And because you are children, God has sent the Spirit of his Son into our hearts, crying, ‘Abba! Father!’” vs. 6Galatians 4:6-7
Most people think of faith in personal terms. God is not some amorphous blob, a giant dollop of nothingness, but a being with whom we can have a warm and lasting relationship. And it seems to be most natural for us to think of God as a parent, and more particularly as our Father. Paul says that’s because the Spirit of Jesus, the Son of God, dwells in our hearts, and his Spirit, together with ours, cries to God as Abba or Father. For some that language, as a remnant of a patriarchal societal system, is difficult, and they would rather use some other term to address God in prayer. Some, following the long tradition of goddess worship, have begun to think of God as Mother, and that’s certainly a worthy alternative. Our problem comes from language. It’s almost impossible to find gender neutral descriptions of God that carry any kind of intimacy or closeness. Parent just isn’t a warm substitute for either father or mother. Perhaps it’s best to simply stop worrying about proper usage and use the language of our hearts. Whether that’s Abba or Amma doesn’t make any difference. We are all children of God and it’s proper for our prayers to reflect a high level of intimacy. Remember, it’s our prayer that counts and not the form of address.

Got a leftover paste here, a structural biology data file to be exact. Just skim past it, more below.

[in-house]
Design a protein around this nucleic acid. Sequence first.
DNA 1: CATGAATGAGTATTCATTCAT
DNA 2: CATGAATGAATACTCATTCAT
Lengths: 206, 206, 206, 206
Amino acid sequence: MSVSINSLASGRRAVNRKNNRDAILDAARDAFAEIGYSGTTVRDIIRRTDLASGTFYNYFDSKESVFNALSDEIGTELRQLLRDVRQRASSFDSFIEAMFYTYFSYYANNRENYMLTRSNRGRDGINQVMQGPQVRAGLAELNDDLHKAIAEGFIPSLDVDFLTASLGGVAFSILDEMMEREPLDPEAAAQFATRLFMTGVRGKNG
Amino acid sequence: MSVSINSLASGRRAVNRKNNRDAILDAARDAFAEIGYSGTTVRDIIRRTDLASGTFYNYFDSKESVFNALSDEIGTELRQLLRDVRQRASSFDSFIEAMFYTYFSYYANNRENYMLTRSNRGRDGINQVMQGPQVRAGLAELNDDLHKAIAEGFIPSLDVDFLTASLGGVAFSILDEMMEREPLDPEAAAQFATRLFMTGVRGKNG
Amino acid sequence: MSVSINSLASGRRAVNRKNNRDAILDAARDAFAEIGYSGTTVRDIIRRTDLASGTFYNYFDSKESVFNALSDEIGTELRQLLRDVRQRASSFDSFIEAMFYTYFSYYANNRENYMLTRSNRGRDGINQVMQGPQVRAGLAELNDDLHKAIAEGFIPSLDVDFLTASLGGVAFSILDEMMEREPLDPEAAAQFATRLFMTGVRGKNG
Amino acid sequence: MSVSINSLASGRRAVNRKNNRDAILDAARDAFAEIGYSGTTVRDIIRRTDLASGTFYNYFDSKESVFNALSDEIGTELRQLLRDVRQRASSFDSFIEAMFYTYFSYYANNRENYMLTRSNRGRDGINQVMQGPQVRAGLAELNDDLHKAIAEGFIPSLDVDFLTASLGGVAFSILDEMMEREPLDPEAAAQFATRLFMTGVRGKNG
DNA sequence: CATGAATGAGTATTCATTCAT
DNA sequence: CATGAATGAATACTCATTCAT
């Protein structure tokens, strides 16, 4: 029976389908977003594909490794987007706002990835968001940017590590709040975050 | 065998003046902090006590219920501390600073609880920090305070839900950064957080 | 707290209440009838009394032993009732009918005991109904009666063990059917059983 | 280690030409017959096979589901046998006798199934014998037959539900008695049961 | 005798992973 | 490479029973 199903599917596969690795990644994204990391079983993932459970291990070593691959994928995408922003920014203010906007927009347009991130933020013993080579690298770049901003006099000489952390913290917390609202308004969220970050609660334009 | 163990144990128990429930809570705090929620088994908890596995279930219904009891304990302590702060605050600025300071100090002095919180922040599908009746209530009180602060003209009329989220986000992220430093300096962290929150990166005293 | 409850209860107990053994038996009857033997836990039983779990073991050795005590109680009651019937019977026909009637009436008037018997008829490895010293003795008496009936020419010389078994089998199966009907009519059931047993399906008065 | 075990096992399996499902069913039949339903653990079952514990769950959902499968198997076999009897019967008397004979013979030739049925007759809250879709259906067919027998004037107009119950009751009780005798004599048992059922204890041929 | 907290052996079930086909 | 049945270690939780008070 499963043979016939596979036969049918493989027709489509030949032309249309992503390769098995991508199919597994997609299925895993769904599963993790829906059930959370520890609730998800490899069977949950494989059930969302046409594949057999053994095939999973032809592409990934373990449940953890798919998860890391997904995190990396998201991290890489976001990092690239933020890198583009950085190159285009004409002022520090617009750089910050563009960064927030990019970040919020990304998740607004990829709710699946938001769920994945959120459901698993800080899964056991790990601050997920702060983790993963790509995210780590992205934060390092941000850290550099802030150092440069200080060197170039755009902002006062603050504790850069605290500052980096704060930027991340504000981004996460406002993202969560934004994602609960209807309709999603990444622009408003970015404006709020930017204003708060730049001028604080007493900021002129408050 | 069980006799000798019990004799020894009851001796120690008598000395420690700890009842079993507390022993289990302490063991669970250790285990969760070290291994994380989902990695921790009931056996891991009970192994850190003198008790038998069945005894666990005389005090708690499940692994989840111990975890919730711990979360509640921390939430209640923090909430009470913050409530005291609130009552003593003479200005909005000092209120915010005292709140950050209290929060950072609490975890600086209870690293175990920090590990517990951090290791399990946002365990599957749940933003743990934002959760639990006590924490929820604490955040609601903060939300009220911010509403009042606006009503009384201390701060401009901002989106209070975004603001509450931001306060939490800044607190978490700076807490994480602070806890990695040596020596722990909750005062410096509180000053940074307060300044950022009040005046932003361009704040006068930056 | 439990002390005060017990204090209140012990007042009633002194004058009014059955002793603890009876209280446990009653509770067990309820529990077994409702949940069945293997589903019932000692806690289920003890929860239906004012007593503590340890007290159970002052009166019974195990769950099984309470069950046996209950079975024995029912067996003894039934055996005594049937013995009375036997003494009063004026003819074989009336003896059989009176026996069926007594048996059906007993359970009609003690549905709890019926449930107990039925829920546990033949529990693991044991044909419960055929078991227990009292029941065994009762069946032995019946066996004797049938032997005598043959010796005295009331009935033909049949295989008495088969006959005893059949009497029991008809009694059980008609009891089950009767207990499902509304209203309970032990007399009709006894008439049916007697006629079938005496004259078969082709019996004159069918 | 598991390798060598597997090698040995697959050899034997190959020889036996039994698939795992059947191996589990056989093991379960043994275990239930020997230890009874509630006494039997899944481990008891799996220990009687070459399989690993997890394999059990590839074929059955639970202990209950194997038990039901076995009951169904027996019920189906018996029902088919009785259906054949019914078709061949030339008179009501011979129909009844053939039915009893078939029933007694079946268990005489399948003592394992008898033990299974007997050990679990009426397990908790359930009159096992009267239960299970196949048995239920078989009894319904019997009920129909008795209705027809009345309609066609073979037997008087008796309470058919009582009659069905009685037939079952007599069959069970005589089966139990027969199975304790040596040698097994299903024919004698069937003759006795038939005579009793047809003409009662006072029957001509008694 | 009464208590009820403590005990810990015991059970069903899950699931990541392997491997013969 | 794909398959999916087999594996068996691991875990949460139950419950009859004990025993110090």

Thought for the Day: What’s my heart language for God?